Germany: Seizure Of Data And Documents In Internal Investigations In Germany – Status Quo And Conceptual Suggestions For An Investigations-Related Attorney-Client Privilege?

Last Updated: 23 January 2018
Article by Thomas Grützner and Carsten Momsen

Irritations arose not only in Anglo-American countries, when public prosecutors and other authorities in Germany searched (cooperating) companies and their mandated law firms and confiscated a variety of documents and data. One example of this is the recent search of a law firm by the public prosecutor's office of Munich (Staatsanwaltschaft München II) in charge of the investigation of the so-called "diesel affair". The public prosecutor's office of Munich (Staatsanwaltschaft München II) was instructed by the German Federal Constitutional Court (Bundesverfassungsgericht) in an interim proceeding, to deposit the seized documents and data at the Munich District Court (Landgericht München). For the time being the documents cannot be reviewed. A final assessment of whether the public prosecutor's office is allowed to review and use the documents will be issued by the Federal Constitutional Court. The Federal Constitutional Court already indicated that the primarily focus will be on the extent to which the relationship between attorney and client is protected by fundamental rights.

In this post, we analyze the status quo and provide conceptual suggestions for an investigations-related attorney-client privilege. A more detailed version of our analysis (in German language) was published in CCZ 2017, 242.

1. There is no formal corporate criminal law in Germany – but the consequences for companies are just as severe

At present, companies cannot be held criminally liable under German law. But in many cases, the sanctions, in particular fines and confiscations, merely have a different label but are just as severe as if they were criminal sanctions. At the same time, since there is no clear legislative guidance on how to sanction companies, it is challenging to effectively defend companies. Compared to US criminal law, no "leading cases" or "sentencing guidelines" bind the German prosecutors.

2. Attorney-client relationship is less protected in Germany – so far

Under German law, an attorney-client privilege or work product-doctrine do not exist. The main boundaries for public authorities can be found in the German Code of Criminal Procedure. Several sections protect the work of an attorney in connection with criminal procedures. But these sections do not expressly protect companies from a seizure of data or documents in connection with internal investigations:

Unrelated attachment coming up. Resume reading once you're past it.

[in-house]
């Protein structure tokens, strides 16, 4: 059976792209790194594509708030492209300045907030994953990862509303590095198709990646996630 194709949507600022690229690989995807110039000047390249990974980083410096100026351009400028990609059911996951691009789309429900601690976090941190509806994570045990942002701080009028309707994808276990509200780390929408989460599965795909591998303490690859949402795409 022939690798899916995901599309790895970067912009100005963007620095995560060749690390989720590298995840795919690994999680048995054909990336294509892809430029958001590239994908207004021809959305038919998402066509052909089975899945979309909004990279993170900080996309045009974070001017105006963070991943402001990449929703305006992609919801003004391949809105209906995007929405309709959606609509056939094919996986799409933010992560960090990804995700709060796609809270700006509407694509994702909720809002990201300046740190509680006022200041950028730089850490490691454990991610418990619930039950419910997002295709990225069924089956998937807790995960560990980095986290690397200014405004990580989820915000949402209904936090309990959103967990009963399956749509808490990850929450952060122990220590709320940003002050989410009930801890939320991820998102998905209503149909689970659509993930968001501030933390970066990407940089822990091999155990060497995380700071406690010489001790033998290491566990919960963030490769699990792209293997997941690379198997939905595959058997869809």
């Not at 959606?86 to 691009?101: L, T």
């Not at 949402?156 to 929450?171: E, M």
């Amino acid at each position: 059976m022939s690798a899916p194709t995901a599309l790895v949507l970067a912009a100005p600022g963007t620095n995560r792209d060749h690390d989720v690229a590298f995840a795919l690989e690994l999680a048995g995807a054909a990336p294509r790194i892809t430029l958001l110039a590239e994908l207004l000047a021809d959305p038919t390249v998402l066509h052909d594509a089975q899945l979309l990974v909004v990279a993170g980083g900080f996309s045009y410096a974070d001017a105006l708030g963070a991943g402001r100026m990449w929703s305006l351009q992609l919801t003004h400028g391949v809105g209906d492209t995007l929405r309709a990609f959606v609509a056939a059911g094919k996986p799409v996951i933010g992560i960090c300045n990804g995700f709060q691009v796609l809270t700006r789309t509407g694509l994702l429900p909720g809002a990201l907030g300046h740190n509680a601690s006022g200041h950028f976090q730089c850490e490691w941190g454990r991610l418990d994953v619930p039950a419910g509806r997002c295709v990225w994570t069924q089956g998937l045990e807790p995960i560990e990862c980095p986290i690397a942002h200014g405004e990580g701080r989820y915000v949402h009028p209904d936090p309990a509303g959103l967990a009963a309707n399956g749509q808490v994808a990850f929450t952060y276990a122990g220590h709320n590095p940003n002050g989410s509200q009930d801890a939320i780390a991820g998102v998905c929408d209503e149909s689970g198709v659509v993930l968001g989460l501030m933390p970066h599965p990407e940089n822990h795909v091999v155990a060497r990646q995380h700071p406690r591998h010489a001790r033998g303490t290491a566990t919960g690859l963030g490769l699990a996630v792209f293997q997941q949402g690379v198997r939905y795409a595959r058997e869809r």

i) If related to the engagement, attorneys may refuse to give testimony and thus an investigation is not permitted. However, this section does not cover the seizure of documents.

ii) Items related to the right of an attorney to refuse testimony may not be seized. This section does not protect documents located or data stored at the company.

iii) Communication between defense counsel and accused may not be intercepted. However, companies do not have formal defense counsels since they cannot be held criminally liable under German law.

In light of the legislative uncertainty, district courts have ruled differently on the appeals of companies or law firms against the seizure of documents related to internal investigations. Some approved the seizure, some stopped them. Despite contradicting rulings, the German legislators left it up to the Federal Constitutional Court to provide some guidance on the constitutional permissibility of such seizures.

3. Reform considerations

In the following, we discuss some considerations on what a reform of the German approach to the protection of the attorney-client relationship in the context of internal investigations could look like. Our suggestions go beyond the mere prohibition to seizure documents and data which relate to an investigation. In addition to (1) conceptual considerations of an adapted "legal privilege", these include (2) codified criteria for the sanctioning of companies, (3) compulsory incentives for companies to cooperate with prosecution authorities and (4) the consideration of third party rights. A supporting analysis of any adjustments to data protection law would also be necessary.

3.1 The suggested attorney-client privilege for internal investigations